The same thing happens when people hire “ex-crackers” to vet their computer security systems. Personally, I have absolutely no use for these “reformed computer crackers” who hire out as “computer security experts” ; in my world, once a cracker, always a cracker.

                1. JCitizen

                  Good post Ted! I guess I’m just too distrustful of those that want to point to a false allegation, that US gun dealers sell to cartel straw-men. If that is in fact going on, none of the guys I personally know down there is aware of it, although they’ve been approached by people they suspected of this. The problem there is, once again, were these government investigators or actual cartel straw men? There is just too much motivation by the left to show that we are the whole cause of the troubles in Mexico – when in fact all black market arms are known to come from Israel, Iran, and other GWOT countries, and Venezuela. I have the PDF of this report from the FBI and other agencies involved with global arms trafficking.

                  I just don’t trust this administration, or the Bureau, which has been staffed by Democratic party administrations for years now, and Bush was unwilling to fire them, as it would be seen as meddling with our Federal law enforcement.

                  I saw on the news today the Eric was sent home after having a heart attack at a meeting in DC. I wished I could hope him well, but I think the pressure is deserving.

            2. Ted Mittelstaedt

              “…there is no way this softball of a situation is going to be passed up by hundreds, maybe thousands, of individuals with legitimate and questionable lawsuits…”

              When you get a credit card you sign away your right to sue someone like Target, in exchange for the card issuer compensting you if money is stolen out of your account. So there are not hundreds to thousands of individuals out there with the standing to sue Target. There are just a bunch of banks who had to pay out money to their card holders.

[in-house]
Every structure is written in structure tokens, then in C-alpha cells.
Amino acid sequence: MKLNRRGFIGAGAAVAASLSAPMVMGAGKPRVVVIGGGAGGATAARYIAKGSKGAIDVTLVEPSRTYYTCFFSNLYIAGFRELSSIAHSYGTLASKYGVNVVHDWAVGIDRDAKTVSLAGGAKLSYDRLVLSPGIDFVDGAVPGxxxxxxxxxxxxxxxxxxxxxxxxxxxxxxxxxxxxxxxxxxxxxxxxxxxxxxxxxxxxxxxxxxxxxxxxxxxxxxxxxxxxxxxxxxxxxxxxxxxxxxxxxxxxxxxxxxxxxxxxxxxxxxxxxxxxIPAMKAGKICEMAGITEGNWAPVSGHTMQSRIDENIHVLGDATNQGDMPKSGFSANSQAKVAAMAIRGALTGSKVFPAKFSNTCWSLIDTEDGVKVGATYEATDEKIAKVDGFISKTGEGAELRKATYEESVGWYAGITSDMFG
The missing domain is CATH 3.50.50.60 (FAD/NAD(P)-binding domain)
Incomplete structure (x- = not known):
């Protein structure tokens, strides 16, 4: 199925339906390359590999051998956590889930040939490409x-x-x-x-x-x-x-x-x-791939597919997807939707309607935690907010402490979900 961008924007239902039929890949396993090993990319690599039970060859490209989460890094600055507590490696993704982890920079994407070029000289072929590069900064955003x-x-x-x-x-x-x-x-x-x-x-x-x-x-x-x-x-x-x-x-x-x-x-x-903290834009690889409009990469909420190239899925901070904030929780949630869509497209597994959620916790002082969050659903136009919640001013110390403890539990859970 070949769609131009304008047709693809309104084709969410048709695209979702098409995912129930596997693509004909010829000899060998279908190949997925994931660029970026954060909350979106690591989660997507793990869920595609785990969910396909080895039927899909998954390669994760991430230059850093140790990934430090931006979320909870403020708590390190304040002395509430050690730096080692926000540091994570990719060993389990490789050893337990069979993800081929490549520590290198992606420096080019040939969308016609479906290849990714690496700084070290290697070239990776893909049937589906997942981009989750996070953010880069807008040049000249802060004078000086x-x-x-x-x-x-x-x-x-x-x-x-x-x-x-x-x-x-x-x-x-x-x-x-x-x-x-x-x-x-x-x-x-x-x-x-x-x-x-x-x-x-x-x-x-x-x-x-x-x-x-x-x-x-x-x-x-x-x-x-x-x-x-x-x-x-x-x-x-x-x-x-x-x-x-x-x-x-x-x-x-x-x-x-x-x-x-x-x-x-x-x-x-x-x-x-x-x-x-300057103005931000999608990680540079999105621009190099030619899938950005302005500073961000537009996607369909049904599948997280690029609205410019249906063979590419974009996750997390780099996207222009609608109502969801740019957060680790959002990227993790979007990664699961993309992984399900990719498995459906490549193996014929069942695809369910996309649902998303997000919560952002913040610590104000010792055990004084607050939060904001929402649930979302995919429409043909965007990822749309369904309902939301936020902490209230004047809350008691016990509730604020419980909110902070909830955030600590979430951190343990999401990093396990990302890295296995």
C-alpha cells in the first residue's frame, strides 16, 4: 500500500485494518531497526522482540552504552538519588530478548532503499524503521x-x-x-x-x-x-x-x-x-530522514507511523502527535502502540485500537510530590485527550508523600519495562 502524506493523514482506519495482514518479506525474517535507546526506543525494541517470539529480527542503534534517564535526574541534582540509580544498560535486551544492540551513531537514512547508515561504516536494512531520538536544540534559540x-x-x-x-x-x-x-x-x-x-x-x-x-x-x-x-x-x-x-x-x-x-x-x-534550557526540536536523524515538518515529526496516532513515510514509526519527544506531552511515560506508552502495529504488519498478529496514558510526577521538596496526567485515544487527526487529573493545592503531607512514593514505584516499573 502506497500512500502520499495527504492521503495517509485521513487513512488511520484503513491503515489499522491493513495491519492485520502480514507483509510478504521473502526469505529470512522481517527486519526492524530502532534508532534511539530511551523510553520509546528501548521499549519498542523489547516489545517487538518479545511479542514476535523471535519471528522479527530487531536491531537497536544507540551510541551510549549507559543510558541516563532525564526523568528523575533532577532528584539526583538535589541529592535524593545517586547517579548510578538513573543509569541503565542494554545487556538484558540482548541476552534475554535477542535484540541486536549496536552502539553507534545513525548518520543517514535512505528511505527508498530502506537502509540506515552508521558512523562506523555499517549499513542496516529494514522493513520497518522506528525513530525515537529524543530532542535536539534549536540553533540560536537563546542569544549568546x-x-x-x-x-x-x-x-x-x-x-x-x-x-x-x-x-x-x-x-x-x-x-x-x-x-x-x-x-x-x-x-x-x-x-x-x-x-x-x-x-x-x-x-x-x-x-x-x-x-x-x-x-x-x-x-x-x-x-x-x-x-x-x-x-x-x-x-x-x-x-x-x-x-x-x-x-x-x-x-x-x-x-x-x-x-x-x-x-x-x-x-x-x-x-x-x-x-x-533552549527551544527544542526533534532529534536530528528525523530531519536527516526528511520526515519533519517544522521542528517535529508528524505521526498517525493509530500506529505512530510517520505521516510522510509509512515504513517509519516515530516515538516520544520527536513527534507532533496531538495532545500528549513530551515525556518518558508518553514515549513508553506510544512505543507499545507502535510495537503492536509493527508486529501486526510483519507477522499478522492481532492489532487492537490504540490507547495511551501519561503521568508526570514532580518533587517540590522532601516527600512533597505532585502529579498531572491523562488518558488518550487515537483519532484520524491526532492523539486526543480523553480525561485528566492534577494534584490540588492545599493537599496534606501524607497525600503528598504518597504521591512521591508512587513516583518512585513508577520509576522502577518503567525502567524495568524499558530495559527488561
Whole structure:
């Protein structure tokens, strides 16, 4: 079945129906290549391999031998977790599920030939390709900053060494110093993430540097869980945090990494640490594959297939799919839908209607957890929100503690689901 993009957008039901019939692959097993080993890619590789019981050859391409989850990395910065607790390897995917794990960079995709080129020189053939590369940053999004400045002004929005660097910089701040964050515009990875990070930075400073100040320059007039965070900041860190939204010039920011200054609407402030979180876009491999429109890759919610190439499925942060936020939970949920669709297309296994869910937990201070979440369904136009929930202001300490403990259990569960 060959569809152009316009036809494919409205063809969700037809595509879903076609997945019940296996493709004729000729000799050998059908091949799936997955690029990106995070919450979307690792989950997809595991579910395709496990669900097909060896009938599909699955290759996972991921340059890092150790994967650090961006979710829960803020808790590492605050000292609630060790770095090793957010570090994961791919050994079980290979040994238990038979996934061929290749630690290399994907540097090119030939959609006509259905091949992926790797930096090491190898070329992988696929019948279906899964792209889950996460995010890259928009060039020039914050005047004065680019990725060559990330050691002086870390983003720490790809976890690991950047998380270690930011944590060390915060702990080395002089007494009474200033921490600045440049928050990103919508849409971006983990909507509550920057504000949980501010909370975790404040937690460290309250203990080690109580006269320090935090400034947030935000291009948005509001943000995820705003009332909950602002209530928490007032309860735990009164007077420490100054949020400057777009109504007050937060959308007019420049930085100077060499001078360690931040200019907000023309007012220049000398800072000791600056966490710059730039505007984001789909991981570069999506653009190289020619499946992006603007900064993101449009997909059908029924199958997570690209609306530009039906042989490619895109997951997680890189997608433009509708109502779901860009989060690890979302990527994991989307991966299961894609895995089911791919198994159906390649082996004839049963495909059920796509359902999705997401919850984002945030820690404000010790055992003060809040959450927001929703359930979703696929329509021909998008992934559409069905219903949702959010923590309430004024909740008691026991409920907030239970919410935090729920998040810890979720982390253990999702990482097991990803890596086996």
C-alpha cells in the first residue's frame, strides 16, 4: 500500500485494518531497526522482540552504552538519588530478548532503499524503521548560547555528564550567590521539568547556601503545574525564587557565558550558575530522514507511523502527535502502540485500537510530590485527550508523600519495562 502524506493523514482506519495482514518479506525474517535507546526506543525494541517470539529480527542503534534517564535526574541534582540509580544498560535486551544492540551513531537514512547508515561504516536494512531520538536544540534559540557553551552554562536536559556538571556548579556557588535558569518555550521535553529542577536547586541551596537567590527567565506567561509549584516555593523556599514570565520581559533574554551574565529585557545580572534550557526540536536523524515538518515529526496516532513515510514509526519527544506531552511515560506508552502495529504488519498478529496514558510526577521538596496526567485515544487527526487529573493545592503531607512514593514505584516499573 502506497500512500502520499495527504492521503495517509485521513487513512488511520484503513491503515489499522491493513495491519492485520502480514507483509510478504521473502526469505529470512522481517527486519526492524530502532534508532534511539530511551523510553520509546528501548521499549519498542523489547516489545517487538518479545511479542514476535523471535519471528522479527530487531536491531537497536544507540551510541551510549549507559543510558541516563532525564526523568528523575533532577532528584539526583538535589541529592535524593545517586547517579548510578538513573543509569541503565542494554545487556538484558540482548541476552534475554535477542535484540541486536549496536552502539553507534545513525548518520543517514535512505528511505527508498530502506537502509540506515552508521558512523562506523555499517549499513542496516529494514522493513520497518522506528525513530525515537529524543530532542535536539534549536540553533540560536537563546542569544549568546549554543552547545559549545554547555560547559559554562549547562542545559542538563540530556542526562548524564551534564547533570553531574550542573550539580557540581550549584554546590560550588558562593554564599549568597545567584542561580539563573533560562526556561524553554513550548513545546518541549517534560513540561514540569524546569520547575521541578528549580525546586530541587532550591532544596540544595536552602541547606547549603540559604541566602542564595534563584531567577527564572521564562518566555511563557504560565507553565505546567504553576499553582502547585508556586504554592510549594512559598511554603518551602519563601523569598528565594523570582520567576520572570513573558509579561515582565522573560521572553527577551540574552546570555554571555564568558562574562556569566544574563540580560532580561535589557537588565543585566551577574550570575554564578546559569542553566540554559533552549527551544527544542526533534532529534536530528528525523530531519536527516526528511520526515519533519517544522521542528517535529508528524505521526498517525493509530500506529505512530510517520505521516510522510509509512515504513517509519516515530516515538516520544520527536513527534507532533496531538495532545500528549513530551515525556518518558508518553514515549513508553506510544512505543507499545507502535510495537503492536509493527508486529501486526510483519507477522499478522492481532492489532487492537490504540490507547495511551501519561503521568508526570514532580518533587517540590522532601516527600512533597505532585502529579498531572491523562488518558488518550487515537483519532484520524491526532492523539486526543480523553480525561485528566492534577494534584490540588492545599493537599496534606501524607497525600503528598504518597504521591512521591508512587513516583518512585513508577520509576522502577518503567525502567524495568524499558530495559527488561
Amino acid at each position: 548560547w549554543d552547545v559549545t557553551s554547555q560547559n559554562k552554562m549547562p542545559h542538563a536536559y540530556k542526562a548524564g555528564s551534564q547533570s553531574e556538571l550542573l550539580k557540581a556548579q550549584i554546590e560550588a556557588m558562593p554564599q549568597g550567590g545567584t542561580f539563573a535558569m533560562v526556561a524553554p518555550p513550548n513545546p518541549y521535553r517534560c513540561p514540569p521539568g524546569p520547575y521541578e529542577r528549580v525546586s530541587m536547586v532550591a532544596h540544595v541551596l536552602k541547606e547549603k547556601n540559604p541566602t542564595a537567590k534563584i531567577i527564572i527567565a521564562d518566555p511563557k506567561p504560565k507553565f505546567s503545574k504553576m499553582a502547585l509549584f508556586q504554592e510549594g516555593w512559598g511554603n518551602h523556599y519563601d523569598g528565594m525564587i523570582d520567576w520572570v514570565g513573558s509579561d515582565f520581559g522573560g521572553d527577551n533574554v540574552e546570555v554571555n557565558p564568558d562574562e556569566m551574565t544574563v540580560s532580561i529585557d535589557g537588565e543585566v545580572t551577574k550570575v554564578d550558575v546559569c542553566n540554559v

Even if there were thousands of people with standing to sue they would be put into a class action lawsuit.

              The court system over the years has developed the class action lawsuit to prevent being swamped by ten thousand little Grandmas who got $150 stolen out of their card account and who all want their money back. There is really no other way to work things.

              As for Holder, his “telling state AG’s to ignore the law”, if you have any examples NOT involving gay marriage, lets hear them. Otherwise, I’m just going to cut it short and say that from my POV, if the only thing you can come up with where Holder is telling people to ignore the law is related to gay marriage, then your a bigot and I’m not going to waste time trying to convince you otherwise.

              As for the overall States Rights issues, it is ironic you bring that up when discussing the Target breech, as the Target breech is absolutely not a states rights issue. But, I will say this about states rights;

              Every President since the Civil War has extended federal powers over states rights. I really don’t think there is much left of any States Rights, and in 2014, in the United States, it is very difficult to argue that there should be.

              I personally have no use for States Rights. I’m a modern person who is a product of a modern US Society, I watch TV that’s produced in other states, wear clothes produced in other states, eat food produced in other states, shop at stores owned by companies based in other states. ALL other states – I probably have at least 1 item in my home that has been manufactured in one of every state in the Union.

              The USA today is over 300 million AMERICANS. It’s not 38 million Californicans, 5 million Coloradoians, 26 million Texans, 20 million New Yorkians, etc. etc. etc. Today we do things TOGETHER as a NATION.

              MY state didnt get a choice to go into Iraq, if it had, it would have NOT gone into Iraq and no Guard would have been sent there. It didn’t get a choice to set gasoline prices, set corn prices, and it wasn’t consulted about vehicle airbags. Nor was any other state in the Union. We just don’t do that anymore, and we haven’t since before YOU were ever born.

              The States Rights ship sailed in 1861, and when I read or hear people saying States Rights to me what that sounds like is “go away I want to do something secret that most people would find disgraceful”

      2. Ted Mittelstaedt

        He doesen’t.

        The tea baggers are convinced that Holder’s decision to not defend the Defense of Marriage act was what resulted in SCOTUS overturning it, and and to add insult to injury he has the audacity to encourage state AG’s to not defend their variants of DOMAs. They cannot forgive him for that so they are calling for his resignation over trumped up nonsense like Fast & Furious (ignoring of course that F&F got started under the Bush administration and Holder likely knew nothing about it until the program blew up)

        Apparently they figure that the Target breach must have been aided by homosexuals working inside Target – after all Target is controlled by homosexuals, didn’t you know that, that’s why they have those big giant red balls in front of their stores.